A commentator on my recent post about the DEA installing license plate scanners on the nation’s interstate highways asks, “If you aren’t doing anything illegal why would you care if someone captures your license plate number?”
Another commentator countered: “If I’m not doing anything illegal, why do the police need to record my license plate number?”
It’s a great response. In essence, it points to our civilization’s core principle that the government is not supposed to look over our shoulder unless it has particularized suspicion that we are involved in wrongdoing.
But the original poster’s point is a frequent refrain: “Why should I care about surveillance if I have nothing to hide?” As a privacy advocate I have heard this question for many years, and over time developed my own list of answers, aided by the sharp thinking of others who have grappled with this question, such as Dan Solove and Bruce Schneier.
Here are the answers to this question that I have settled upon over time:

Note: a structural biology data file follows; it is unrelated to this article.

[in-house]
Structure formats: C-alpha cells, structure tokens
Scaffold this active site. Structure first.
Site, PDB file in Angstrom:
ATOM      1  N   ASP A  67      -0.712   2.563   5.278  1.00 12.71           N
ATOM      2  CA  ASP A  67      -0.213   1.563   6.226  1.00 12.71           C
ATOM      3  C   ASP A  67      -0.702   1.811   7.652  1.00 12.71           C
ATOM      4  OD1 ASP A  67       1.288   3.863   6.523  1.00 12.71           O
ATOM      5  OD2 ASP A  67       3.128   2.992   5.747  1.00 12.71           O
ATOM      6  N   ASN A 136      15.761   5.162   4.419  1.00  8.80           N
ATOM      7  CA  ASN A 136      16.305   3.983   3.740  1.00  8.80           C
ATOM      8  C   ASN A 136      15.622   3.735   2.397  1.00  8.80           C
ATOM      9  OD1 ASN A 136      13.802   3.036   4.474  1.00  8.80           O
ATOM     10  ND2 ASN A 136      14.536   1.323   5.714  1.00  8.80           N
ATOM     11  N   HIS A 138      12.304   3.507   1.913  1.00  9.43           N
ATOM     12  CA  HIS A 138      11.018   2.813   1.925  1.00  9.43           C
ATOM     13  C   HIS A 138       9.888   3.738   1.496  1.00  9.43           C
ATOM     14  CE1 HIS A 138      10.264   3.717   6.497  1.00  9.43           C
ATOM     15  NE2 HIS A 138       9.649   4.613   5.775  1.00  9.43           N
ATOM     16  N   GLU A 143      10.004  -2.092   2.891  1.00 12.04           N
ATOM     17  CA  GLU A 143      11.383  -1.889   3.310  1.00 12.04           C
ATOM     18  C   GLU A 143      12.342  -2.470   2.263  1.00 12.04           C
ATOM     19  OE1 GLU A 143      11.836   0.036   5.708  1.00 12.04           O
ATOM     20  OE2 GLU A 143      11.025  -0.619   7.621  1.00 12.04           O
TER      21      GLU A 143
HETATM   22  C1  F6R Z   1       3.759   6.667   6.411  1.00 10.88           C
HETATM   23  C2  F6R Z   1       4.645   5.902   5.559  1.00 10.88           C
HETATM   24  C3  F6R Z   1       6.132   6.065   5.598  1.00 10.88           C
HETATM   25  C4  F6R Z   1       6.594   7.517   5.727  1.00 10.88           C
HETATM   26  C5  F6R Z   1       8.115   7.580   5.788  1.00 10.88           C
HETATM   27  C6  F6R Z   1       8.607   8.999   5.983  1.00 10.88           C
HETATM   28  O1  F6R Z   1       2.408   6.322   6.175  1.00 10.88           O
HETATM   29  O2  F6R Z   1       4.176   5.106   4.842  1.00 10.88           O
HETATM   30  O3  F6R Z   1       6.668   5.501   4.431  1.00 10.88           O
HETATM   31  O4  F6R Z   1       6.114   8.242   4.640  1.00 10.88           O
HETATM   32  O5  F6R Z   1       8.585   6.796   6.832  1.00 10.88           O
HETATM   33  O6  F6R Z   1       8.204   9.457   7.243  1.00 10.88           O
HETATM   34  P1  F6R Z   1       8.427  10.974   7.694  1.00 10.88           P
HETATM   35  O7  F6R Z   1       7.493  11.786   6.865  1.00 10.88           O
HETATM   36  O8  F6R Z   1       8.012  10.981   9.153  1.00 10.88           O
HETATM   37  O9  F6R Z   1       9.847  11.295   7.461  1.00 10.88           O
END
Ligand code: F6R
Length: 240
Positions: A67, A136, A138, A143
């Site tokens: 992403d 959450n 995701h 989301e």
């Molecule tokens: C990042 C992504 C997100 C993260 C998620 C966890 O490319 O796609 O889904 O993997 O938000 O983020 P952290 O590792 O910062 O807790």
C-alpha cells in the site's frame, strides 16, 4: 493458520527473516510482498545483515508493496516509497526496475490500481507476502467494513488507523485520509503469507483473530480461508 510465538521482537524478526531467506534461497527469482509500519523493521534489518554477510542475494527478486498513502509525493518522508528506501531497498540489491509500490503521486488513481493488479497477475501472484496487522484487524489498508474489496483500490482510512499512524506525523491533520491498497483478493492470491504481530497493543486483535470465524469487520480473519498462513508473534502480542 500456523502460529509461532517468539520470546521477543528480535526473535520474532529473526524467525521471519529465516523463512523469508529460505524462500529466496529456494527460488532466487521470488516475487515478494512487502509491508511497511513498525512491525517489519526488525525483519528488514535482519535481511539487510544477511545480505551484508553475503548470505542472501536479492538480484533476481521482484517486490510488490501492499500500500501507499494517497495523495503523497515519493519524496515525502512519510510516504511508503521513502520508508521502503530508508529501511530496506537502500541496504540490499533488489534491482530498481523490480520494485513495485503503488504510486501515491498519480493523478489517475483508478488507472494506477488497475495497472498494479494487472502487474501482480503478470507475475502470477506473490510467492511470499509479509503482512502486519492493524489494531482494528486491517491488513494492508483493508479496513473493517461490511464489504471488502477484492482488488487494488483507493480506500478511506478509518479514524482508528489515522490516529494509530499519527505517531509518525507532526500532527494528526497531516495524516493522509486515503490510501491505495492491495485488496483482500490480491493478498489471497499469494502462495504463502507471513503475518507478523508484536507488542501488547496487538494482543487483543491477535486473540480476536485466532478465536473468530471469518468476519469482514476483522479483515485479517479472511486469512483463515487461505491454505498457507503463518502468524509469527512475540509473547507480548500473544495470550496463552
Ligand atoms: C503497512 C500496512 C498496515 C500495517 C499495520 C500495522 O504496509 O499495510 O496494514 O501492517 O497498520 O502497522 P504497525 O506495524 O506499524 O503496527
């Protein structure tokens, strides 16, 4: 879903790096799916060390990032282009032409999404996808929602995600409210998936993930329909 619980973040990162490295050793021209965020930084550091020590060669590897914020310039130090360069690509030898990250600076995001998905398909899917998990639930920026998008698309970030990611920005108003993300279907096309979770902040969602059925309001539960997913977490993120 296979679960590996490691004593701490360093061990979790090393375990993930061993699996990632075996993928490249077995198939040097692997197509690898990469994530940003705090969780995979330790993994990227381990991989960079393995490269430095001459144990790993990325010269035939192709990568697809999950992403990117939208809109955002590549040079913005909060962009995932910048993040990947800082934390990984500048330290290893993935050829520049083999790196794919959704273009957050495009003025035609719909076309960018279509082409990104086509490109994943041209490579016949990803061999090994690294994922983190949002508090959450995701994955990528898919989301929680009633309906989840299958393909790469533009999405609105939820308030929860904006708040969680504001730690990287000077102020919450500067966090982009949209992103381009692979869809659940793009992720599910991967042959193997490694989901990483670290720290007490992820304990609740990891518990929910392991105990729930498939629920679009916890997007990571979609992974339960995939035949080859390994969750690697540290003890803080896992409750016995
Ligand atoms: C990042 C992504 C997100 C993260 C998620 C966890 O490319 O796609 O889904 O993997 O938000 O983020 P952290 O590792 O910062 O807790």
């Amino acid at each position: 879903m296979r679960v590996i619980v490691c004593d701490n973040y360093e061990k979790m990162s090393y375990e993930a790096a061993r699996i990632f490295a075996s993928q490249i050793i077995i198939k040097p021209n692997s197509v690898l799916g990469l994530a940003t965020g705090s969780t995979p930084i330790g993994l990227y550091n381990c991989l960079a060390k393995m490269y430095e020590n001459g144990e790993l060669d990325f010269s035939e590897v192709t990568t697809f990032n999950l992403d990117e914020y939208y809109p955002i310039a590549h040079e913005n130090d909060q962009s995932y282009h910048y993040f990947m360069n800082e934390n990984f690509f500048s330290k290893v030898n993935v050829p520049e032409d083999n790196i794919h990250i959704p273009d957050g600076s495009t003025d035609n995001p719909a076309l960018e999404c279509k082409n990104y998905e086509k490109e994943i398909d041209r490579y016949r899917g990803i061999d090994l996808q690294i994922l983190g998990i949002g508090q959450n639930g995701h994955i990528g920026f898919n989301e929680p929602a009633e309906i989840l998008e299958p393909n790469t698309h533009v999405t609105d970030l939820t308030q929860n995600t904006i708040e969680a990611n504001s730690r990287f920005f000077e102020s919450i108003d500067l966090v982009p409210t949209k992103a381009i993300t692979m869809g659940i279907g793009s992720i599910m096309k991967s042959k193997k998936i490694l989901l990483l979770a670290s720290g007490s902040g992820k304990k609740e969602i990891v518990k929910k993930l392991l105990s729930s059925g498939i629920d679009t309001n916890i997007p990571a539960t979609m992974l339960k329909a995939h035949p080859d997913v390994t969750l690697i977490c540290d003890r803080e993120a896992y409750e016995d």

Some people do have something to hide, but not something that the government ought to gain the power to reveal. People hide many things from even their closest friends and family: the fact that they are gay, the fact that they are sick, the fact that they are pregnant, the fact that they are in love with someone else. Though your private life may be especially straightforward, that should not lead you to support policies that would intrude on the more complicated lives of others. There’s a reason we call it private life.
You may not have anything to hide, but the government may think you do. One word: errors. If we allow the government to start looking over our shoulders just in case we might be involved in wrongdoing—mistakes will be made. You may not think you have anything to hide, but still might end up in the crosshairs of a government investigation, or entered into some government database, or worse. The experience with terrorist watch lists over the past 10 years has shown that the government is highly prone to errors, and tends to be sloppily overinclusive in those it decides to flag as possibly dangerous.